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Archived - Government of Canada Invests in Projects to support Victims of Family Violence

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July 2015

The Government of Canada is supporting the health of victims of domestic violence and child abuse through the following projects:

Safe and Understood: Helping children who experience domestic violence 
$1,523,173 over five years

This project will deliver and test two programs that will promote the social, emotional, and developmental health of young children. Mothers in Mind is a group-based, trauma-informed, mother-child program that will help improve the health of young children who have been exposed to intimate partner violence. A trauma-informed approach acknowledges the impact of violence and trauma on people's lives, and focuses on client safety, respect, and empowerment. Caring Dads will engage fathers in group settings to develop positive parenting skills, in an effort to break cycles of violence and to support children’s healing and development. The programs, led by the Child Development Institute, are expected to reach over 300 families in Ontario, Quebec, and New Brunswick.

Reaching out with Yoga: Trauma-informed Yoga for Women and Children in Shelters
$1,288,921 over five years

This project will deliver and test trauma-informed yoga programs in 24 women’s shelters and transition houses across British Columbia. The programs support the physical and mental health of women and children recovering from family violence by offering free, trauma-informed yoga programs in shelters, and training shelter workers to apply simple trauma-informed yoga techniques in their daily work with victims. In trauma-informed yoga, teachers are taught to adapt their practice so that it's safe for clients. For example, teachers don't touch clients to adjust their poses because this could re-trigger experiences of uninvited touch, and they use specific language that helps clients feel more control over their bodies. This project, led the BC Society of Transition Houses in partnership with Yoga Outreach, is expected to reach approximately 500 women, 250 children, and 240 shelter workers.

Mentoring Healthy Futures: Peer and Community Support for Sexually Exploited Youth
$1,260,526 over five years

This project will deliver and test a peer support program for youth who have experienced sexual exploitation and homelessness. The project is expected to reach approximately 200 highly vulnerable female youth. Working in peer-led support groups, youth aged 16-24 will work together to identify and implement activities and supports that will improve their mental, physical, and social health needs as they transition from sexual exploitation to independence. Covenant House Toronto will lead this project in collaboration with a range of partners.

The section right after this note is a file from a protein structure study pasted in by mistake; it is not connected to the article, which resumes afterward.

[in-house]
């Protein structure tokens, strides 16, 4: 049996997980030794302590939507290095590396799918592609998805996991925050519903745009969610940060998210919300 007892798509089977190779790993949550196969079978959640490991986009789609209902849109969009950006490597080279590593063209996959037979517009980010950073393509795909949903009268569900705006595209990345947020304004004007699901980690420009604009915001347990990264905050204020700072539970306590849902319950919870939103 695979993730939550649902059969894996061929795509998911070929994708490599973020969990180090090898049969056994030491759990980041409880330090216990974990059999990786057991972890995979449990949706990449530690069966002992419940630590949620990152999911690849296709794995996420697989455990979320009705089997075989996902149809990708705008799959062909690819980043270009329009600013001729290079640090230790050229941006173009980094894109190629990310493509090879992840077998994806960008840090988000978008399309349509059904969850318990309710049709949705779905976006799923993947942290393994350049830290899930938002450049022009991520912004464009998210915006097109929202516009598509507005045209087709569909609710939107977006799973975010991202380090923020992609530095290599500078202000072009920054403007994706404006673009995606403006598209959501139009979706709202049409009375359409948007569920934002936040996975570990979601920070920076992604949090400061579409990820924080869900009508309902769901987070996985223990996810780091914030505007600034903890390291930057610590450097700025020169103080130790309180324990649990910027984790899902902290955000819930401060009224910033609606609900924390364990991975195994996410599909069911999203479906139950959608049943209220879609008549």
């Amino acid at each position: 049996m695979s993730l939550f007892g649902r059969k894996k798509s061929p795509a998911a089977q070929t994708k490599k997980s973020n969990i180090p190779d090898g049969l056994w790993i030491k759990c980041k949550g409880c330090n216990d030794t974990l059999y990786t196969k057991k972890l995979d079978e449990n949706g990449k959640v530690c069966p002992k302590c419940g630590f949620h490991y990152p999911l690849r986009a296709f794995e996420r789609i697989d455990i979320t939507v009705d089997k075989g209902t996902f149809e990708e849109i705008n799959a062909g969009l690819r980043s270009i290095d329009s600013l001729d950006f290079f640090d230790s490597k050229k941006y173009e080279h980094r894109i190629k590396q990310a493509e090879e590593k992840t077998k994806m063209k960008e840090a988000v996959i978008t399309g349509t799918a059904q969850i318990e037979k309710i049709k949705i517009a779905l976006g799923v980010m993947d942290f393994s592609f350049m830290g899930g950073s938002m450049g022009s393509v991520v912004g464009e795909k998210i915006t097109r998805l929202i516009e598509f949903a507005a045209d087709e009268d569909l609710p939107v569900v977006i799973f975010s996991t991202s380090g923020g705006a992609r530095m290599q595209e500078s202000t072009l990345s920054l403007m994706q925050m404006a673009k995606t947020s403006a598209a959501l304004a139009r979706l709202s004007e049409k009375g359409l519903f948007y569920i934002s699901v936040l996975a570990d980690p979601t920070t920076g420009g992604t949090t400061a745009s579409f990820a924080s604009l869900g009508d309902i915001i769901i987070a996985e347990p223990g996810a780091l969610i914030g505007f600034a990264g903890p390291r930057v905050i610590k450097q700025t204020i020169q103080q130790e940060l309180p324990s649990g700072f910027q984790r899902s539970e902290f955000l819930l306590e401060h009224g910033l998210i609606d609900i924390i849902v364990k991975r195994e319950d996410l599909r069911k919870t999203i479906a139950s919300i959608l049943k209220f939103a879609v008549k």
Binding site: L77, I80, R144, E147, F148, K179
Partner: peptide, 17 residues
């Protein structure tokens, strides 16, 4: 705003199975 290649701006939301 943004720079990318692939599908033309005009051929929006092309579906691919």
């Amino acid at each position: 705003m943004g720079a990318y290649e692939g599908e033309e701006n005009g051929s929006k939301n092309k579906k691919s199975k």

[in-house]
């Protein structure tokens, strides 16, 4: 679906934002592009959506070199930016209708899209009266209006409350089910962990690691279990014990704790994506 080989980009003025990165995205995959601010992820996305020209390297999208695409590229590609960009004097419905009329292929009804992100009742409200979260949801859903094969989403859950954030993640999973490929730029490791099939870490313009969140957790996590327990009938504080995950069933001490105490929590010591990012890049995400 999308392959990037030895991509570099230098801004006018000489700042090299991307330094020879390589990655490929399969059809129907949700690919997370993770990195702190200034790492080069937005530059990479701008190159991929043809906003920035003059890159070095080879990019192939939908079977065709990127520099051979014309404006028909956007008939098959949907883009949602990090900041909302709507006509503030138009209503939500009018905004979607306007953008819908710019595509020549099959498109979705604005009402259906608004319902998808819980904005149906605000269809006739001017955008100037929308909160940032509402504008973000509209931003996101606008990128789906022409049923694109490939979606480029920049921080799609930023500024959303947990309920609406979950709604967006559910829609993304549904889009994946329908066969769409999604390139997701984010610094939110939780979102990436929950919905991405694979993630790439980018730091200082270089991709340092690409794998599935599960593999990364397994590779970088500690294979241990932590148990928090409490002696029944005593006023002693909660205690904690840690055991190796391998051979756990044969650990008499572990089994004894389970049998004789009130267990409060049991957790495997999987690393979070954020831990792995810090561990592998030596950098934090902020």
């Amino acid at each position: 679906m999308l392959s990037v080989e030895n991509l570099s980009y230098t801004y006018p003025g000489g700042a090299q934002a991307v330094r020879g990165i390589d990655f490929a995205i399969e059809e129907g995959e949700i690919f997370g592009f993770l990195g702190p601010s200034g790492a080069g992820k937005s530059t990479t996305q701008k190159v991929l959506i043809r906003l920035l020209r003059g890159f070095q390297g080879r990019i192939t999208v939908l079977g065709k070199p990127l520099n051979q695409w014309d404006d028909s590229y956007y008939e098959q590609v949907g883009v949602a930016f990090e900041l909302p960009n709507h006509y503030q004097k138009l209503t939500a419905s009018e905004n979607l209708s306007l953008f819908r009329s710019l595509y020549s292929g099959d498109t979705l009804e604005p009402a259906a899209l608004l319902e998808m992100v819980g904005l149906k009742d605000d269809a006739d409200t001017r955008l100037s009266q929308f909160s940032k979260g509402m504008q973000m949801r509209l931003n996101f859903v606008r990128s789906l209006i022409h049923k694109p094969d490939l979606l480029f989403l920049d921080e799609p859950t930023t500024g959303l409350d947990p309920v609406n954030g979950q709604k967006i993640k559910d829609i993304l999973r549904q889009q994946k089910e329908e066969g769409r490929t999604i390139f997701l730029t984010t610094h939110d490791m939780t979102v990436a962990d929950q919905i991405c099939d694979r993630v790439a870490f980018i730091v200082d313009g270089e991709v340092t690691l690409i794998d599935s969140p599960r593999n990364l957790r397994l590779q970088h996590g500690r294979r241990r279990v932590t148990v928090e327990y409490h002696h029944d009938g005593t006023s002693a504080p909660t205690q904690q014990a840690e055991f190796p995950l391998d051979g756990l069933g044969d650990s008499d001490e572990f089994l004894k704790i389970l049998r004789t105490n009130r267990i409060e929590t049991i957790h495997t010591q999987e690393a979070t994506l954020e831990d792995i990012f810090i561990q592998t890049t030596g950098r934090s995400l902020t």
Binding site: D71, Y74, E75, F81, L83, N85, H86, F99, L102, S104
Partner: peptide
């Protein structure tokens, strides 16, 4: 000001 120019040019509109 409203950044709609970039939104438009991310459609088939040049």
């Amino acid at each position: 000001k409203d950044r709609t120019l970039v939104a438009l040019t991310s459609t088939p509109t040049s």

Building Connections: A Group Intervention for Mothers and Children Experiencing Violence in Relationships
$2,292,636 over five years

This project will help mothers experiencing family violence to learn about healthy relationships and the impacts of violence on their parenting and on their children’s development, while building self-esteem and positive parenting strategies. The project will expand the reach of the existing Connections program to an additional 30 sites across Canada. It will also deliver training and resources to equip staff in all Public Health Agency of Canada funded Community Action Program for Children, Canada Prenatal Nutrition Program, and Aboriginal Head Start in Urban and Northern Communities sites across Canada to identify and safely work with families experiencing violence.

Knowledge Hub: Maximizing Impact by Connecting Research and Practice in Trauma-Informed Health Promotion
$1,039,542 over five years

The Knowledge Hub project will connect and enhance the work of all the community-based projects funded though the Public Health Agency of Canada investment to support victims of violence from a health perspective. It will help to maximize and consolidate the learning across projects, and build further capacity in communities to deliver and test trauma-informed health promotion to families impacted by violence. The Knowledge Hub will facilitate collaboration among practitioners, host a web platform to share knowledge publicly, and identify common ways to measure the effects of projects. The project will be led by the Centre for Research and Education on Violence Against Women, which has extensive expertise and leadership in community-level initiatives to address violence.

Global Violence Prevention Information System: A World Health Organization Database
$100,000 for one year

The funding, provided through a grant from the Public Health Agency of Canada to the WHO, will support the first phase of work to develop this information system. It will be the first comprehensive database created for all available information on violence and its prevention at the international level. Information will be compiled from a variety of existing sources to provide a global picture of the extent, nature and effects of interpersonal violence. The database will also provide details such as prevalence, risk factors, and effective prevention strategies for all the main forms of interpersonal violence, including child maltreatment and intimate partner violence. This information will be accessible on a user-friendly website which is expected to launch in 2016.

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Hon. Rona Ambrose Public Health Agency of Canada Health and Safety

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